Relationship with Australia ‘Stronger Than Ever’: Foreign Minister Pato

Apr 10, 2018 | News

Statement by His Excellency, Minister for Foreign Affairs and Trade for the Independent State of Papua New Guinea, Hon. Rimbink Pato OBE MP.

The relationship between Papua New Guinea and Australia is “stronger than ever”, Foreign Affairs and Trade Minister Rimbink Pato MP said following the recent ministerial forum between the two countries.

Minister Pato said the meeting, which he co-chaired with Australian Foreign Minister Julie Bishop, concluded with the signing of two important Memoranda of Understanding.

“The first was an undertaking to establish a high speed undersea telecommunications cable between our two countries,” Minister Pato said.

“The second was in connection with cyber security, which has particular importance to the APEC meetings this year and in particular the summit in November, but also following that gathering.”

Minister Pato said the ministerial forum held in Brisbane on 6 April also agreed on “an excellent twinning arrangement” which will build a partnership between the two countries’ foreign affairs departments and enable staff to serve in the offices of their counterparts.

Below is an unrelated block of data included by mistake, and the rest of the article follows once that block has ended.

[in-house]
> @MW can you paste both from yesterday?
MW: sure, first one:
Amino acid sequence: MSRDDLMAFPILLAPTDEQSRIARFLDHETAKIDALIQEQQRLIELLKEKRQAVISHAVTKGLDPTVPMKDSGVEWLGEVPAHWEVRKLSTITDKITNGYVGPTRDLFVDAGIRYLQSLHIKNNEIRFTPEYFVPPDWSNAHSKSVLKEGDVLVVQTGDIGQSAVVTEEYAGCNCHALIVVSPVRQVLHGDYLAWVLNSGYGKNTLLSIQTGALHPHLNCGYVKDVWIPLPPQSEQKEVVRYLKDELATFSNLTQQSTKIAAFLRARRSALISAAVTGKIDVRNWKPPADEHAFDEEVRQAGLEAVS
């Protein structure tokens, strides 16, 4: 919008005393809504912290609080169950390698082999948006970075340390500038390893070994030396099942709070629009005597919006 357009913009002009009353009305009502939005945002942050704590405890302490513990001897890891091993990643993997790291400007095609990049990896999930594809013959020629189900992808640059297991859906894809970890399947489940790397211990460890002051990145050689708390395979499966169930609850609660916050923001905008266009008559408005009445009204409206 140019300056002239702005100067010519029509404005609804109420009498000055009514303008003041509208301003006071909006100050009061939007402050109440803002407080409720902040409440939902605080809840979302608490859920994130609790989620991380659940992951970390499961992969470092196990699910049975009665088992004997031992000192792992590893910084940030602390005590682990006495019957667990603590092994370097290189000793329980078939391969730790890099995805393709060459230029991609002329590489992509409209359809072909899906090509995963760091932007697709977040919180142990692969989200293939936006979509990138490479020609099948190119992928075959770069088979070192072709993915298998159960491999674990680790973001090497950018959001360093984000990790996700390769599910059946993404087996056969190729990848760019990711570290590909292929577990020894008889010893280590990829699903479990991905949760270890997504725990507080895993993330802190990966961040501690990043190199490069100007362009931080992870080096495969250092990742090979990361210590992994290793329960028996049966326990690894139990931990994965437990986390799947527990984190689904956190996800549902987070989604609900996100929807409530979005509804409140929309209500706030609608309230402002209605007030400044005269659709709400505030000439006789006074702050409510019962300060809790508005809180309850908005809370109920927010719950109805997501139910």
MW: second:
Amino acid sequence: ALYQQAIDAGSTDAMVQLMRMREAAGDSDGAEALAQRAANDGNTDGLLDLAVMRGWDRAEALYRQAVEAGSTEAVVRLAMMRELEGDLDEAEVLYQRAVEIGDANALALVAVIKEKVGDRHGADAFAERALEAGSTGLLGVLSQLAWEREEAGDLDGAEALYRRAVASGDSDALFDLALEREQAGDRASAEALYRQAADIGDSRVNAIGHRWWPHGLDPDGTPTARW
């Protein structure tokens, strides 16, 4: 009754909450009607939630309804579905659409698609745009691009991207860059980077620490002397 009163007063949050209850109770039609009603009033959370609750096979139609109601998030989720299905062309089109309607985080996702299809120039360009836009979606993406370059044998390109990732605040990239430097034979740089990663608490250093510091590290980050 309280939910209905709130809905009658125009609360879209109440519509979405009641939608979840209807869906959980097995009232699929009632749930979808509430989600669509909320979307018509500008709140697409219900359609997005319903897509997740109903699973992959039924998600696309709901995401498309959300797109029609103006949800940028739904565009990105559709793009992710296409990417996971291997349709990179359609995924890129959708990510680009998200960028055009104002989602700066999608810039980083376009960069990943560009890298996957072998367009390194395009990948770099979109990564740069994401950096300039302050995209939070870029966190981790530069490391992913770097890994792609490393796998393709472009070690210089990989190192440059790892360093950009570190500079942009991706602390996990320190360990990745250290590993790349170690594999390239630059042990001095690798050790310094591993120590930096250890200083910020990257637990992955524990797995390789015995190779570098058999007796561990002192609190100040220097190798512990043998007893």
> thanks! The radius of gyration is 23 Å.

“As our good friend Minister Bishop pointed out during the meeting, the recent Australian Foreign Policy White Paper said supporting a stable and prosperous Papua New Guinea is one of Australia’s most important foreign policy objectives,” he said.

“That was reflected by the agreement reached on a big number of issues, ranging from enhanced cooperation in defence and security, APEC preparations, economics and development, climate change, and border management.”

Minister Pato paid tribute to the contributions of his ministerial colleagues who participated in the meeting—Defence Minister Solan Mirisim, Lands and Physical Planning Minister Justin Tkatchencko, Immigration and Border Security Minister Petrus Thomas, and Police Minister Jelta Wong.

“We worked as an effective and harmonious team,” he said.

“One of the key agreements is that Australia will provide biometrics systems to help travel between the two countries, something of real importance to Papua New Guineans.

“We also agreed to take measures to boost the number of PNG seasonal workers who will
go to work in Australia.”

Minister Pato said Australia also offered to help in a further boost of surveillance of illegal fishing. A patrol boat, the first of three provided by Australia, will be delivered to PNG in October.

Minister Pato said an agreement to include agricultural issues in the ministerial meeting next year was a very positive move.

“The outcome of this meeting, and the subsequent discussions between key business leaders and the ministers of both countries is bound to boost trade and investment. Measures taken to assist small and medium businesses will also be helpful to the economy.

“We greatly appreciated the expression of condolences by the Australian ministers to Papua New Guinea for the casualties and devastation caused the earthquakes and aftershocks, and their continuing offers of further assistance, which has already been extremely generous.”